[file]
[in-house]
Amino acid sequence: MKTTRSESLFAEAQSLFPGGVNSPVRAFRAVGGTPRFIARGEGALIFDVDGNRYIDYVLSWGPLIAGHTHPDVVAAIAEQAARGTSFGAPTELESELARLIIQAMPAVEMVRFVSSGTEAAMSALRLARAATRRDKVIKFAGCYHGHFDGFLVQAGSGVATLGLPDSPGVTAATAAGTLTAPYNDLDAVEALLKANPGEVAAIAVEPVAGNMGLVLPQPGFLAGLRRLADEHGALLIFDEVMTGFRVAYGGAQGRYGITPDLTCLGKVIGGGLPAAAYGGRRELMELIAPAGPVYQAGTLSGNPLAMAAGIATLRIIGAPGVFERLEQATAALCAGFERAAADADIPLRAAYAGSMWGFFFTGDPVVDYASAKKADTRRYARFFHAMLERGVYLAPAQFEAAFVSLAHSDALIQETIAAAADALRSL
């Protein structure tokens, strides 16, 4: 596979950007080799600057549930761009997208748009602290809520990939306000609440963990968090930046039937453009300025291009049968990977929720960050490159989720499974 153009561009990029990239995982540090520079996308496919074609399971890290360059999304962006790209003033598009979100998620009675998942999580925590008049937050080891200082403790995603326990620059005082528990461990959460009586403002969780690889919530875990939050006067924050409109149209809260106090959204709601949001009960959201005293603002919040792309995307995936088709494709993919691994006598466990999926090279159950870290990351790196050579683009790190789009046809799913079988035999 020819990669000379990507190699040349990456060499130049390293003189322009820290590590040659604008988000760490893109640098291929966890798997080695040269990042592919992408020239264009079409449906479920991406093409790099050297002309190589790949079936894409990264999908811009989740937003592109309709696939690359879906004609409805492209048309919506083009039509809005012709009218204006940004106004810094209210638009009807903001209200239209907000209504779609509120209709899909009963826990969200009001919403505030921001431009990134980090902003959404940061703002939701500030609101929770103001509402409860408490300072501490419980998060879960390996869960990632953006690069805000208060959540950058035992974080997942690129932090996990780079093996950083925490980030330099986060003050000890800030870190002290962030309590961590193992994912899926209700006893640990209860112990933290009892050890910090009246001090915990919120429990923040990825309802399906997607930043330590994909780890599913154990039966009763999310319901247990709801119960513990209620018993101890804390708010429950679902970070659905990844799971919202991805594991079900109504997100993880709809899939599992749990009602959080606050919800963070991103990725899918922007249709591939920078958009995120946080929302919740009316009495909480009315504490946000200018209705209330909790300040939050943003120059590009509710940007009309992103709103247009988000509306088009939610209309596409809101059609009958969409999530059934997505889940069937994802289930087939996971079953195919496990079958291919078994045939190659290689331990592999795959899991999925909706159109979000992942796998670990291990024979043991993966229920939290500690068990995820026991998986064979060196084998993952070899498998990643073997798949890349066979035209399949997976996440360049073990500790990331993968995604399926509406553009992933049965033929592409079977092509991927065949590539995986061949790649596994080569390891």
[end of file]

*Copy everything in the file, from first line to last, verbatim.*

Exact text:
[in-house]
Amino acid sequence: MKTTRSESLFAEAQSLFPGGVNSPVRAFRAVGGTPRFIARGEGALIFDVDGNRYIDYVLSWGPLIAGHTHPDVVAAIAEQAARGTSFGAPTELESELARLIIQAMPAVEMVRFVSSGTEAAMSALRLARAATRRDKVIKFAGCYHGHFDGFLVQAGSGVATLGLPDSPGVTAATAAGTLTAPYNDLDAVEALLKANPGEVAAIAVEPVAGNMGLVLPQPGFLAGLRRLADEHGALLIFDEVMTGFRVAYGGAQGRYGITPDLTCLGKVIGGGLPAAAYGGRRELMELIAPAGPVYQAGTLSGNPLAMAAGIATLRIIGAPGVFERLEQATAALCAGFERAAADADIPLRAAYAGSMWGFFFTGDPVVDYASAKKADTRRYARFFHAMLERGVYLAPAQFEAAFVSLAHSDALIQETIAAAADALRSL
């Protein structure tokens, strides 16, 4: 596979950007080799600057549930761009997208748009602290809520990939306000609440963990968090930046039937453009300025291009049968990977929720960050490159989720499974 153009561009990029990239995982540090520079996308496919074609399971890290360059999304962006790209003033598009979100998620009675998942999580925590008049937050080891200082403790995603326990620059005082528990461990959460009586403002969780690889919530875990939050006067924050409109149209809260106090959204709601949001009960959201005293603002919040792309995307995936088709494709993919691994006598466990999926090279159950870290990351790196050579683009790190789009046809799913079988035999 020819990669000379990507190699040349990456060499130049390293003189322009820290590590040659604008988000760490893109640098291929966890798997080695040269990042592919992408020239264009079409449906479920991406093409790099050297002309190589790949079936894409990264999908811009989740937003592109309709696939690359879906004609409805492209048309919506083009039509809005012709009218204006940004106004810094209210638009009807903001209200239209907000209504779609509120209709899909009963826990969200009001919403505030921001431009990134980090902003959404940061703002939701500030609101929770103001509402409860408490300072501490419980998060879960390996869960990632953006690069805000208060959540950058035992974080997942690129932090996990780079093996950083925490980030330099986060003050000890800030870190002290962030309590961590193992994912899926209700006893640990209860112990933290009892050890910090009246001090915990919120429990923040990825309802399906997607930043330590994909780890599913154990039966009763999310319901247990709801119960513990209620018993101890804390708010429950679902970070659905990844799971919202991805594991079900109504997100993880709809899939599992749990009602959080606050919800963070991103990725899918922007249709591939920078958009995120946080929302919740009316009495909480009315504490946000200018209705209330909790300040939050943003120059590009509710940007009309992103709103247009988000509306088009939610209309596409809101059609009958969409999530059934997505889940069937994802289930087939996971079953195919496990079958291919078994045939190659290689331990592999795959899991999925909706159109979000992942796998670990291990024979043991993966229920939290500690068990995820026991998986064979060196084998993952070899498998990643073997798949890349066979035209399949997976996440360049073990500790990331993968995604399926509406553009992933049965033929592409079977092509991927065949590539995986061949790649596994080569390891």